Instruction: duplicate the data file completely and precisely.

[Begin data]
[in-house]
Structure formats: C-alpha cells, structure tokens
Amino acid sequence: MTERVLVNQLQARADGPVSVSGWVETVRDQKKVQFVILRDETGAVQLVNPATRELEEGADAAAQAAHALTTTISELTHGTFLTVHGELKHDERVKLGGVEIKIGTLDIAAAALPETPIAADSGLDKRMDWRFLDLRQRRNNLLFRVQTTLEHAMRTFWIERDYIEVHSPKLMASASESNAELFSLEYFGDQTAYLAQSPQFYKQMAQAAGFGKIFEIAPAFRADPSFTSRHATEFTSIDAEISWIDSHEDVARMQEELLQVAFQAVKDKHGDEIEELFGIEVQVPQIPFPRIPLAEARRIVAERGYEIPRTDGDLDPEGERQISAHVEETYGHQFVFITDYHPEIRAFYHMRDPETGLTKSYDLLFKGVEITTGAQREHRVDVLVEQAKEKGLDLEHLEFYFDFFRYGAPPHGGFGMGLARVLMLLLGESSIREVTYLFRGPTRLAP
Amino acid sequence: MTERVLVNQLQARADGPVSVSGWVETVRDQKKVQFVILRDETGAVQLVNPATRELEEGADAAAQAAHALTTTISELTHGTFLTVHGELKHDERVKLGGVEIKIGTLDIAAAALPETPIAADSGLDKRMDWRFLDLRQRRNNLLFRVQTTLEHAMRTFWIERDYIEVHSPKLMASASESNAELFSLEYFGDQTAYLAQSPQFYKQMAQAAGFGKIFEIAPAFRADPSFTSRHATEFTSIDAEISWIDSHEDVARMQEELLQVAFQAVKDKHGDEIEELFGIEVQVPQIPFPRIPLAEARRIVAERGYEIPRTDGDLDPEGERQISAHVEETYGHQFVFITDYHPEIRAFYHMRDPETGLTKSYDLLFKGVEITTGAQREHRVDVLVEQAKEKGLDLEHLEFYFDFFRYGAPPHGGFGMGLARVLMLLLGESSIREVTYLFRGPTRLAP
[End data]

[in-house]
Structure formats: C-alpha cells, structure tokens
Amino acid sequence: MTERVLVNQLQARADGPVSVSGWVETVRDQKKVQFVILRDETGAVQLVNPATRELEEGADAAAQAAHALTTTISELTHGTFLTVHGELKHDERVKLGGVEIKIGTLDIAAAALPETPIAADSGLDKRMDWRFLDLRQRRNNLLFRVQTTLEHAMRTFWIERDYIEVHSPKLMASASESNAELFSLEYFGDQTAYLAQSPQFYKQMAQAAGFGKIFEIAPAFRADPSFTSRHATEFTSIDAEISWIDSHEDVARMQEELLQVAFQAVKDKHGDEIEELFGIEVQVPQIPFPRIPLAEARRIVAERGYEIPRTDGDLDPEGERQISAHVEETYGHQFVFITDYHPEIRAFYHMRDPETGLTKSYDLLFKGVEITTGAQREHRVDVLVEQAKEKGLDLEHLEFYFDFFRYGAPPHGGFGMGLARVLMLLLGESSIREVTYLFRGPTRLAP
Amino acid sequence: MTERVLVNQLQARADGPVSVSGWVETVRDQKKVQFVILRDETGAVQLVNPATRELEEGADAAAQAAHALTTTISELTHGTFLTVHGELKHDERVKLGGVEIKIGTLDIAAAALPETPIAADSGLDKRMDWRFLDLRQRRNNLLFRVQTTLEHAMRTFWIERDYIEVHSPKLMASASESNAELFSLEYFGDQTAYLAQSPQFYKQMAQAAGFGKIFEIAPAFRADPSFTSRHATEFTSIDAEISWIDSHEDVARMQEELLQVAFQAVKDKHGDEIEELFGIEVQVPQIPFPRIPLAEARRIVAERGYEIPRTDGDLDPEGERQISAHVEETYGHQFVFITDYHPEIRAFYHMRDPETGLTKSYDLLFKGVEITTGAQREHRVDVLVEQAKEKGLDLEHLEFYFDFFRYGAPPHGGFGMGLARVLMLLLGESSIREVTYLFRGPTRLAP